Catch me walking under a ladder…never. Opening an umbrella inside? Nope! My friend once broke a mirror and I couldn’t be around them for a week. In the words of Michael Scott, I’m not superstitious, but I am a little stitious. And why shouldn’t I be? The world is a scary enough place—avoiding little things here and there or accomplishing some small act with luck in mind is a kind of buffer, a practice to help ward off whatever is out to get me that day.
Superstitions might seem lofty, but to me, they are grounding. They allow us to take the reins of control back from what might otherwise feel too vast; they ascribe meaning to that which lacks it; and they make sense out of the seemingly senseless. Perhaps. Or maybe they’re just old, pre-science, pre-technology beliefs that have stuck around like the buttons on an iPhone—no longer necessary, but comforting nonetheless.
With Friday the 13th around the corner, I’ve got bad luck on the brain. It’s quite literally the unluckiest of unlucky days, a calendar conspiracy that spurred an entire horrific franchise. In preparation, my cornicello necklace is clasped extra tight around my neck, keeping bad spirits at bay, and my underwear is on inside out (don’t ask, my dad says it’s good luck). Because this is a food site, and I’m thinking 87% of the time about what we eat, I started musing about the ways food and superstition intersect. A fistful of salt thrown into a dish will make you thirsty, but tossed over your shoulder will keep you safe, while black-eyed peas, eaten on the first of each year, promise good fortune. What other ways can the foods we cook and eat say something about how lucky—or unlucky—we may be?
Hsiao-Ching Chou, the author of the cookbook Chinese Soul Food, says that when it comes to luck in China, the longer the noodle, the better. Length is all about longevity, the length of one’s food is a harbinger of life expectancy: “For New Year’s and birthdays,” she writes about a dish called Long Life Noodles, “it’s customary to wish people a long life by serving this symbolic dish. It’s important to never cut the noodles and leave them as long as possible. If you make your own noodles, you can make them even longer than what you might find at the market.”
A search for food superstitions reveals a particularly peculiar example coming out of Mexico. A Buzzfeed listicle from 2014 lists third out of the “24 Outrageous Superstitions Only Mexicans Will Understand” a fear of dropping tortillas on the ground. No, this isn’t related to the five-second rule, but rather something with a more cosmic bearing. It seems that in Mexico, the act of dropping tortillas on the ground will conjure the arrival of one’s in-laws, showing up unannounced to pay you a particularly unfortunate visit. Aside from a perfectly edible tortilla now soiled by whatever germs may be on your floor, an undesirable visit from the parents of your loved one ranks pretty high on the scale of things many would prefer to avoid.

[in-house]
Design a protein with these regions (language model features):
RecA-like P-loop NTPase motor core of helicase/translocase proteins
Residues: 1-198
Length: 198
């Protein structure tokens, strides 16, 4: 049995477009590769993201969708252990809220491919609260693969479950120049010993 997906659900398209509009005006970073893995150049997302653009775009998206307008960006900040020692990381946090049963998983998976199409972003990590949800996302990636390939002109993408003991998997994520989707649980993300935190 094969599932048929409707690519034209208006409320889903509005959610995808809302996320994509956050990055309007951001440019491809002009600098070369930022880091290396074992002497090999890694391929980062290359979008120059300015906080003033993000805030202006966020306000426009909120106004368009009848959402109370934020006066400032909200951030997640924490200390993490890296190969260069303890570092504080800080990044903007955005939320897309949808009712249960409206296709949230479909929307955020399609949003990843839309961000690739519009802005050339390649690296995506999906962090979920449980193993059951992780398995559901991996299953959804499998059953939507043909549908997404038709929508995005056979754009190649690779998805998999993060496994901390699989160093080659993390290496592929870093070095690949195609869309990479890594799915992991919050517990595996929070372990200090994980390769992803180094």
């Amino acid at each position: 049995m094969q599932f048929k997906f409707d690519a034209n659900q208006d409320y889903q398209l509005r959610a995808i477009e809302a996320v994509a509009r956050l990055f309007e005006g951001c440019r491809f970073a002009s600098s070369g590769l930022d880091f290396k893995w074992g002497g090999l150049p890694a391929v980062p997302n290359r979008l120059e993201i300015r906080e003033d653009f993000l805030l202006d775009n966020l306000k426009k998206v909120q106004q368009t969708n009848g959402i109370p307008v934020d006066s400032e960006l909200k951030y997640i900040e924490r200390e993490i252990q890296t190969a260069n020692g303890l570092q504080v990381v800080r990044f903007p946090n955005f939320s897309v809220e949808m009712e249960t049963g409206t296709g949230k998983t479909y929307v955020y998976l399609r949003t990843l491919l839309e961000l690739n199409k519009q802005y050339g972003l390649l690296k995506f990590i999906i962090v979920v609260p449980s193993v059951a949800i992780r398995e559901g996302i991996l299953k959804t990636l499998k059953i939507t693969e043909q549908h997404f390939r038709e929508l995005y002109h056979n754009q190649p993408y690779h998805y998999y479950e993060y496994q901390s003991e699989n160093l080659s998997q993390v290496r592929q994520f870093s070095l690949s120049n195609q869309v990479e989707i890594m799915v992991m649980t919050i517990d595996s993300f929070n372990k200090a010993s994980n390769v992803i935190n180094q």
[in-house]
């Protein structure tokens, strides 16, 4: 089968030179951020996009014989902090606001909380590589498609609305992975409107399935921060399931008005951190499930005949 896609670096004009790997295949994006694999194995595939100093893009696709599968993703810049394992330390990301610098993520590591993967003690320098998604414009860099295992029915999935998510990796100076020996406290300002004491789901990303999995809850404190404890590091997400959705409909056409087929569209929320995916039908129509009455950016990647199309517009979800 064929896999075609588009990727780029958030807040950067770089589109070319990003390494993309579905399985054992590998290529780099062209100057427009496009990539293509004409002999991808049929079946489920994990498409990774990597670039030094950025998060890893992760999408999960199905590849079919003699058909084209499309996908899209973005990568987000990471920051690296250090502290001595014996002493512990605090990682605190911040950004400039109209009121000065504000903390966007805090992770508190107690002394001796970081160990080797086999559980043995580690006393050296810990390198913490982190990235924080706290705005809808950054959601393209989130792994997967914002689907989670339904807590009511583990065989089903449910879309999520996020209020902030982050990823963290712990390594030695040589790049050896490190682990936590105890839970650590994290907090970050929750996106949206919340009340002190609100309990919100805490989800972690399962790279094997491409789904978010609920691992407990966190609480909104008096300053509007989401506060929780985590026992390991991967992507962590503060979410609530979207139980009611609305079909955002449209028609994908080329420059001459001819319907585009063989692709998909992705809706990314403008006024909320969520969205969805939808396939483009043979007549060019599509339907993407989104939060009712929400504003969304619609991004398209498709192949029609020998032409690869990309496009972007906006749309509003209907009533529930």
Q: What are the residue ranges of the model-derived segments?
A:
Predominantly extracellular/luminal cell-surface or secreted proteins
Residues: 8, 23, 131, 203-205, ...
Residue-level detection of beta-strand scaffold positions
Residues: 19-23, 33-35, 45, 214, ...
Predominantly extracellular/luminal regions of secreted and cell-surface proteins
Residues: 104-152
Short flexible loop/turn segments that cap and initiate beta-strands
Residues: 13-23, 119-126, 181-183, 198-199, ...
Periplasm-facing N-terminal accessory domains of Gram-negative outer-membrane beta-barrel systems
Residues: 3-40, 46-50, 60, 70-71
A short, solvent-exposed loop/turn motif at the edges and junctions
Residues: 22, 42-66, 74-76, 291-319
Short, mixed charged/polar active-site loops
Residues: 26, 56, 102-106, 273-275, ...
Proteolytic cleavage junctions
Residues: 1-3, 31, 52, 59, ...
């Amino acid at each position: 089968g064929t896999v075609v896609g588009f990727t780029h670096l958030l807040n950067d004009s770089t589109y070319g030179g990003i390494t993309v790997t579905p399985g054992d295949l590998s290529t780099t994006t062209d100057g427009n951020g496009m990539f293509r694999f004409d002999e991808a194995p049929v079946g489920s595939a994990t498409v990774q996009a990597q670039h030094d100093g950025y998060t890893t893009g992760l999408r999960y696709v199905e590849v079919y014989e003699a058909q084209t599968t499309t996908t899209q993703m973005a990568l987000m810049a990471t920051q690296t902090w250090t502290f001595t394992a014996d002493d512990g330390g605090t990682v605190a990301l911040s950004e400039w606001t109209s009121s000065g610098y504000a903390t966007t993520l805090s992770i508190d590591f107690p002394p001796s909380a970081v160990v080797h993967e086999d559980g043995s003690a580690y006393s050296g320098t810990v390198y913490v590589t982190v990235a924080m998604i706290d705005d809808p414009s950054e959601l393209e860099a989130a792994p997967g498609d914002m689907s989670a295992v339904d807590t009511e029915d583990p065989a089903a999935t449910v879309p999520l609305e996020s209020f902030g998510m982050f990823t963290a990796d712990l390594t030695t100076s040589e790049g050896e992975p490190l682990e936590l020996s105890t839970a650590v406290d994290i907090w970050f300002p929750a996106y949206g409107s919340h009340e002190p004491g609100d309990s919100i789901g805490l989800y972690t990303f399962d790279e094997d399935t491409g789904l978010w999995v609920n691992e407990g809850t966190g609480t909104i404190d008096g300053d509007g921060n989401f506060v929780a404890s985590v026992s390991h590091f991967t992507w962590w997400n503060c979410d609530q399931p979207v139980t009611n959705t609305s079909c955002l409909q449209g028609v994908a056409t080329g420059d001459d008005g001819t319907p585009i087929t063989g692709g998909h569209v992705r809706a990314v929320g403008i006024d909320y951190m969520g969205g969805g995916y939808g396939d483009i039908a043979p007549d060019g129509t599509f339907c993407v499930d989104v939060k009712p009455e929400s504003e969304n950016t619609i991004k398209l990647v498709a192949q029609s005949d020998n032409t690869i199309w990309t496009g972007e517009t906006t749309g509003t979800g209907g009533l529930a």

"There are so many superstitions in Mexican culture around tortillas. I have heard of the in-laws one. Then there's if the tortilla puffs up you are ready to get married, if it doesn't you are bound to live with your parents forever," said Claudette Zepeda-Wilkins, restaurateur and two-time Top Chef contestant. "I used to think I wasn't superstitious when I was younger but as I get older I genuinely freak out at some of the old school ones, like the tortilla ones. Maybe it's a time release gene for Mexicans? Once you reach a certain age you really do not want the clan to come unannounced and depends what kind of in-laws you have. Thankfully, mine are 3,000 miles away."
In Slovakia, people carry fish scales, said to resemble coins, in their wallets like an aquatic plea for prosperity. Meanwhile, this Oregon newspaper claims directly handing a hot pepper to an acquaintance will invite animosity into the relationship—place it on a surface for them to grab instead (unless, that is, you want to make an enemy). We’ve all seen newlyweds being showered with rice, and a wishbone getting snapped in half after a long, languid meal. Food, that which gives us sustenance, also assumes a layer of supernatural meaning. Baseball players might eat the same meal before a game, not for nutritional benefit so much as spiritual consistency. Where do these beliefs come from? Who knows. How do they stay relevant? It’s hard to say, but with food as one of the most organizing practices we have in our daily lives, it seems almost inevitable.
What are some food-related superstitions you’ve encountered? Let them be heard in the comments below.